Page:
It should come as no surprise: Davis has a strong Asian community, with over 10,000 of the some 60,000 residents identifying themselves as such in the city’s census. This kind of cultural diversity benefits everyone — what better way to learn and experience other cultures without expensive travel? The most basic common denominator of all people — silly as it may sound — is food. Open yourself to new cultures (or, in some cases, bring the familiar taste of home to your table) in this fundamental way by making dishes like this Asian Cold Noodle Salad.
Salad or not, this Asian Cold Noodle Salad is filling enough for a meal. As typical of Asian dishes, the ingredients are wonderfully fresh. Of course, this is nowhere near as raw as sushi or sashimi, yet it still supplies plenty of crisp, crunchy components to contrast with the soft noodles. In addition to the vegetables, this salad includes egg for some much-needed protein.
To make this introduction to Asian flavors simpler, the ingredients remain recognizable, as well as amazingly cost-effective. Beyond the vegetables and egg, this dish is also made with ramen noodles, and what college student is unfamiliar with packaged ramen?
This recipe is perfect for warm weather — most ramen noodle dishes are served hot, so this preparation is rather fun and atypical. As an added perk, this Asian Cold Noodle Salad can be prepared early and refrigerated; also, as a chilled dish, the leftovers do not lost their flavor. Of course, that is assuming you have any leftovers — embark on a gustatory trip to Asia, and enjoy this Asian Cold Noodle Salad!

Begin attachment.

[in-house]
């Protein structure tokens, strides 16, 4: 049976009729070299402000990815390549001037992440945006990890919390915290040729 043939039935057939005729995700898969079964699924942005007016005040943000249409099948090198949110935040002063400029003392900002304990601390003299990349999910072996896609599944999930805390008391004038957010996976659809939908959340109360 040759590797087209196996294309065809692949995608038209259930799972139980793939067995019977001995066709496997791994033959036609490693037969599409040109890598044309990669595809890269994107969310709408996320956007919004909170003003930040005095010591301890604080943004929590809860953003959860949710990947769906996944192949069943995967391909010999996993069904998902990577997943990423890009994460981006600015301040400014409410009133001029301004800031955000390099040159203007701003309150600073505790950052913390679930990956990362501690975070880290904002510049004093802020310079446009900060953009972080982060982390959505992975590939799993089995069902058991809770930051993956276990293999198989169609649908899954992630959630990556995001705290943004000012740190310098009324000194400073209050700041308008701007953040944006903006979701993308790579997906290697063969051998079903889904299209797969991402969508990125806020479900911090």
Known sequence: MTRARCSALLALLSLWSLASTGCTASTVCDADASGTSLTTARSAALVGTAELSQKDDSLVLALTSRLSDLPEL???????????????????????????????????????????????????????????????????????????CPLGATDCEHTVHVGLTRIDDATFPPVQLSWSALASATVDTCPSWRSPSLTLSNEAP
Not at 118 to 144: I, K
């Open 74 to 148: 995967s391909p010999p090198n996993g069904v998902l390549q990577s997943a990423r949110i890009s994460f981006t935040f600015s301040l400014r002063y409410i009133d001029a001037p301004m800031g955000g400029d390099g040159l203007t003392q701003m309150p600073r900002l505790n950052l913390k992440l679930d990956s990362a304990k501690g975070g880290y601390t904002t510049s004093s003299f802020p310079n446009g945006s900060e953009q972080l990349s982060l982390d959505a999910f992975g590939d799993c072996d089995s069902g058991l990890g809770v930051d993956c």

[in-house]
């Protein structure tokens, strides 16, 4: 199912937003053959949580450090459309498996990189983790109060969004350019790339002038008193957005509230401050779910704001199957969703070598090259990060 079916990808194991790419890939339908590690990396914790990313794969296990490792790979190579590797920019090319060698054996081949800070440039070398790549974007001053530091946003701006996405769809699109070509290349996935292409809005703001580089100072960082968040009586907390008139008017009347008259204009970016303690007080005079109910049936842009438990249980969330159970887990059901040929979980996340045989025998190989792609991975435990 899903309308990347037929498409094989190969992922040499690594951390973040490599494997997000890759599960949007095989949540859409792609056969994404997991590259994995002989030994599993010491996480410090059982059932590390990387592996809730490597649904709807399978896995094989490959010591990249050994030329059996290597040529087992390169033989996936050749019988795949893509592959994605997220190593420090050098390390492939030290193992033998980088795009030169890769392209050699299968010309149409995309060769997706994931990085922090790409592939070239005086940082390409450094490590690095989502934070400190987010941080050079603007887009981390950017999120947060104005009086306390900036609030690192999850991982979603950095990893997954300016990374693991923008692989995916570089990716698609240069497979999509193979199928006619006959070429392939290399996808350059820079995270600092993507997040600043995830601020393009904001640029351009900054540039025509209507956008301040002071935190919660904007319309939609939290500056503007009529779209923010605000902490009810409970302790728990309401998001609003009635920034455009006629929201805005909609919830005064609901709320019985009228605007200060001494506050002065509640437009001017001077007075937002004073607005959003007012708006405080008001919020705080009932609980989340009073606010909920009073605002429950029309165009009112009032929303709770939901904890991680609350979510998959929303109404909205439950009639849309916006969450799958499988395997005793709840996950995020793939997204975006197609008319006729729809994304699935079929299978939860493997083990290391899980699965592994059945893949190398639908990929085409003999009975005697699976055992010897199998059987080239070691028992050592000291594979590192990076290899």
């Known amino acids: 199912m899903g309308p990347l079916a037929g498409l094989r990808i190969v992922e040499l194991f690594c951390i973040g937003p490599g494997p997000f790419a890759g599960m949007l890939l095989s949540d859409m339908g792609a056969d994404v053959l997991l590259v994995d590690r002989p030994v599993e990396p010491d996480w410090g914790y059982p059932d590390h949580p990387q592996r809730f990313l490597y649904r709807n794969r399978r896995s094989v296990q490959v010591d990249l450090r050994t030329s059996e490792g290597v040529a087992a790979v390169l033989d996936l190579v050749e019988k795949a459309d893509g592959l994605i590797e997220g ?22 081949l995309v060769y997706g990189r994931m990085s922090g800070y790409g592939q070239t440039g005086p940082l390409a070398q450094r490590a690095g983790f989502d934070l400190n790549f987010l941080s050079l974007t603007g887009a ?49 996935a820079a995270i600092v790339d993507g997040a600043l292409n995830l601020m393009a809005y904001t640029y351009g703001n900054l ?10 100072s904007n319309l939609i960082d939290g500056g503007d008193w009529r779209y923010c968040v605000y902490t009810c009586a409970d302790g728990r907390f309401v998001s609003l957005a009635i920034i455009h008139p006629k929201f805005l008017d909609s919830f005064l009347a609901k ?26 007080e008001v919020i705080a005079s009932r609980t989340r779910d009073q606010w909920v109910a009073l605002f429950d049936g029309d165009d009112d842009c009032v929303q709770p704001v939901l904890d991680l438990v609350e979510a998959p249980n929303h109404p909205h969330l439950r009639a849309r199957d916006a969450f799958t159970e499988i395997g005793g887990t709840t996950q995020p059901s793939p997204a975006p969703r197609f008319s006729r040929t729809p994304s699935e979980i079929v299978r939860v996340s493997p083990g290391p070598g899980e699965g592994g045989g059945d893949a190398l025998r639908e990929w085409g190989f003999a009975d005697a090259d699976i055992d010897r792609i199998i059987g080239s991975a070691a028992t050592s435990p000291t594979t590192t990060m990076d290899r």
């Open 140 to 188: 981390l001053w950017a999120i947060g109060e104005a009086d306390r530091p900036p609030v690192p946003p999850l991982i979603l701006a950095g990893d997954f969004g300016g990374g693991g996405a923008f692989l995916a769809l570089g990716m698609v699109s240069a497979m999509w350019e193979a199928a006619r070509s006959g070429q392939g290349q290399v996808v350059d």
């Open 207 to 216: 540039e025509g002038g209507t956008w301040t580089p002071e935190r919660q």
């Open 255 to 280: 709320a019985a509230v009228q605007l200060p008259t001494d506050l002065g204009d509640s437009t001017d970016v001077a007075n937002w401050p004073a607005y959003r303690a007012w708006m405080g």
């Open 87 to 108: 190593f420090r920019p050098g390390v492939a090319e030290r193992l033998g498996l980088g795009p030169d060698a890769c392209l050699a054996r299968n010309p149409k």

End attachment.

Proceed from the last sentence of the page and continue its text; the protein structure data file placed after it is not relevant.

- 4 packages of ramen noodles
- 1/2 cucumber, finely julienned
- 1 yellow bell pepper, finely julienned
- 1 carrot, shredded
- 4 eggs
- 1 tbsp vegetable oil
- Pinch of salt and pepper
- 1/4 cup peanuts, chopped
- 1/2 cup soy sauce
- 1/4 cup rice vinegar
- Juice of 1 lemon
- 2 tbsp sugar
- 1/2 tsp ginger, crushed
- 1 clove garlic, crushed
- Salt and pepper to taste
Mix soy sauce, rice vinegar, lemon juice, sugar, ginger and garlic in a small bowl. Whisk until thoroughly combined. Add salt and pepper to taste. Chill in refrigerator until needed.
Whisk the four eggs in a small bowl. Add a pinch of salt and pepper. Heat a tablespoon of vegetable oil in a small non-stick pan over medium-low heat. Pour the egg into the pan, and allow it to slowly cook in a thin layer. Shift the wet yolk with a spatula as needed to settle to the bottom of the pan for even cooking. Check the bottom of the omelet periodically; if the bottom has browned and the top needs to cook longer, flip with a spatula. When both sides are golden-brown, the omelet is finished. Set aside to cool. Once it is cool enough to handle, finely julienne the omelet.
Cook ramen noodles according to package directions. Once cooked, rinse with cold water in a colander.
Divide noodles amongst four bowls. Distribute the cucumber, carrot, bell pepper and egg evenly. Top with chopped peanuts. Drizzle noodle salad with dressing to taste. Stir to combine, and enjoy.